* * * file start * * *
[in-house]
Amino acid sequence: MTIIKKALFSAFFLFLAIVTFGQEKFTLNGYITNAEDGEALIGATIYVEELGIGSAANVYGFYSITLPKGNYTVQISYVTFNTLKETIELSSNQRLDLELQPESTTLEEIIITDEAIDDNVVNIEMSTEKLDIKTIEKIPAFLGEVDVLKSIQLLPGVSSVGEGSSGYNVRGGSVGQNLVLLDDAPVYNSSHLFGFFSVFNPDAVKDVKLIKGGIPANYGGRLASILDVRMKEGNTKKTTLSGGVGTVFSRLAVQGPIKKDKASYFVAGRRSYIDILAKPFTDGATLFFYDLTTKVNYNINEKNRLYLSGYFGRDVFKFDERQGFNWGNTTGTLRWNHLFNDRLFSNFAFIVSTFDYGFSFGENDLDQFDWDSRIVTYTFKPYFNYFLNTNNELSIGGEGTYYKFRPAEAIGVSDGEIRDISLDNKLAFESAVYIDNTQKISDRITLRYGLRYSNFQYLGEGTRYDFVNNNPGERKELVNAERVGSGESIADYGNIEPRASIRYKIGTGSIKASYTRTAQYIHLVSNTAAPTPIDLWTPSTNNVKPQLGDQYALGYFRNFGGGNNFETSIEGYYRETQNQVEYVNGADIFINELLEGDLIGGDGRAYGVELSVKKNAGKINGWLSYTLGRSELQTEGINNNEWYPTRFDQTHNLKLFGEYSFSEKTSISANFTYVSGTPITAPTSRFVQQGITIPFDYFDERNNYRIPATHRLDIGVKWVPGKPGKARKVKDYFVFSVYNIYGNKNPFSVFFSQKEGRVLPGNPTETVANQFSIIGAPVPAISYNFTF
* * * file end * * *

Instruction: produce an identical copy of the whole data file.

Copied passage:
[in-house]
Amino acid sequence: MTIIKKALFSAFFLFLAIVTFGQEKFTLNGYITNAEDGEALIGATIYVEELGIGSAANVYGFYSITLPKGNYTVQISYVTFNTLKETIELSSNQRLDLELQPESTTLEEIIITDEAIDDNVVNIEMSTEKLDIKTIEKIPAFLGEVDVLKSIQLLPGVSSVGEGSSGYNVRGGSVGQNLVLLDDAPVYNSSHLFGFFSVFNPDAVKDVKLIKGGIPANYGGRLASILDVRMKEGNTKKTTLSGGVGTVFSRLAVQGPIKKDKASYFVAGRRSYIDILAKPFTDGATLFFYDLTTKVNYNINEKNRLYLSGYFGRDVFKFDERQGFNWGNTTGTLRWNHLFNDRLFSNFAFIVSTFDYGFSFGENDLDQFDWDSRIVTYTFKPYFNYFLNTNNELSIGGEGTYYKFRPAEAIGVSDGEIRDISLDNKLAFESAVYIDNTQKISDRITLRYGLRYSNFQYLGEGTRYDFVNNNPGERKELVNAERVGSGESIADYGNIEPRASIRYKIGTGSIKASYTRTAQYIHLVSNTAAPTPIDLWTPSTNNVKPQLGDQYALGYFRNFGGGNNFETSIEGYYRETQNQVEYVNGADIFINELLEGDLIGGDGRAYGVELSVKKNAGKINGWLSYTLGRSELQTEGINNNEWYPTRFDQTHNLKLFGEYSFSEKTSISANFTYVSGTPITAPTSRFVQQGITIPFDYFDERNNYRIPATHRLDIGVKWVPGKPGKARKVKDYFVFSVYNIYGNKNPFSVFFSQKEGRVLPGNPTETVANQFSIIGAPVPAISYNFTF